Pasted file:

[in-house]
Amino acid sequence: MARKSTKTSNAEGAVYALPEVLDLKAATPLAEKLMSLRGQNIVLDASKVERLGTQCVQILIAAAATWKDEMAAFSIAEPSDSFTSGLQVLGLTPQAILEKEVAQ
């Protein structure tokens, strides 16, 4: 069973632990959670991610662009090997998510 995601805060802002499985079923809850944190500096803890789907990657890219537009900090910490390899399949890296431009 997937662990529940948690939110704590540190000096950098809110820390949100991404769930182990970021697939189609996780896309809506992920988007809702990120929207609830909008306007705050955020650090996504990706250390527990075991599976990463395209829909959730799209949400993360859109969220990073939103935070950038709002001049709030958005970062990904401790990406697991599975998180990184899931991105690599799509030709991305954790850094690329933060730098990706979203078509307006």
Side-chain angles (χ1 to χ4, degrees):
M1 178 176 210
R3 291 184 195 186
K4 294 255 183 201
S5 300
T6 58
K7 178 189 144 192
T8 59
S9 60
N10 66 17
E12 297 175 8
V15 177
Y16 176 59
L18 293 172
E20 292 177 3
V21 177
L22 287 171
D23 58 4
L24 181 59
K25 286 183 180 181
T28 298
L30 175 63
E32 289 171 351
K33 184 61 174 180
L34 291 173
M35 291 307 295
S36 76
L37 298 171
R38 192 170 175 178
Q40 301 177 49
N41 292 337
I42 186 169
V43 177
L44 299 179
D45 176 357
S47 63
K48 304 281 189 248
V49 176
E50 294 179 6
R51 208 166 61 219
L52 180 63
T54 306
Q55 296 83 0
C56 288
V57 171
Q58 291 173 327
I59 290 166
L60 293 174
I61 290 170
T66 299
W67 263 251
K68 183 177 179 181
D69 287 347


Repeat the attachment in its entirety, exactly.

[in-house]
Amino acid sequence: MARKSTKTSNAEGAVYALPEVLDLKAATPLAEKLMSLRGQNIVLDASKVERLGTQCVQILIAAAATWKDEMAAFSIAEPSDSFTSGLQVLGLTPQAILEKEVAQ
């Protein structure tokens, strides 16, 4: 069973632990959670991610662009090997998510 995601805060802002499985079923809850944190500096803890789907990657890219537009900090910490390899399949890296431009 997937662990529940948690939110704590540190000096950098809110820390949100991404769930182990970021697939189609996780896309809506992920988007809702990120929207609830909008306007705050955020650090996504990706250390527990075991599976990463395209829909959730799209949400993360859109969220990073939103935070950038709002001049709030958005970062990904401790990406697991599975998180990184899931991105690599799509030709991305954790850094690329933060730098990706979203078509307006």
Side-chain angles (χ1 to χ4, degrees):
M1 178 176 210
R3 291 184 195 186
K4 294 255 183 201
S5 300
T6 58
K7 178 189 144 192
T8 59
S9 60
N10 66 17
E12 297 175 8
V15 177
Y16 176 59
L18 293 172
E20 292 177 3
V21 177
L22 287 171
D23 58 4
L24 181 59
K25 286 183 180 181
T28 298
L30 175 63
E32 289 171 351
K33 184 61 174 180
L34 291 173
M35 291 307 295
S36 76
L37 298 171
R38 192 170 175 178
Q40 301 177 49
N41 292 337
I42 186 169
V43 177
L44 299 179
D45 176 357
S47 63
K48 304 281 189 248
V49 176
E50 294 179 6
R51 208 166 61 219
L52 180 63
T54 306
Q55 296 83 0
C56 288
V57 171
Q58 291 173 327
I59 290 166
L60 293 174
I61 290 170
T66 299
W67 263 251
K68 183 177 179 181
D69 287 347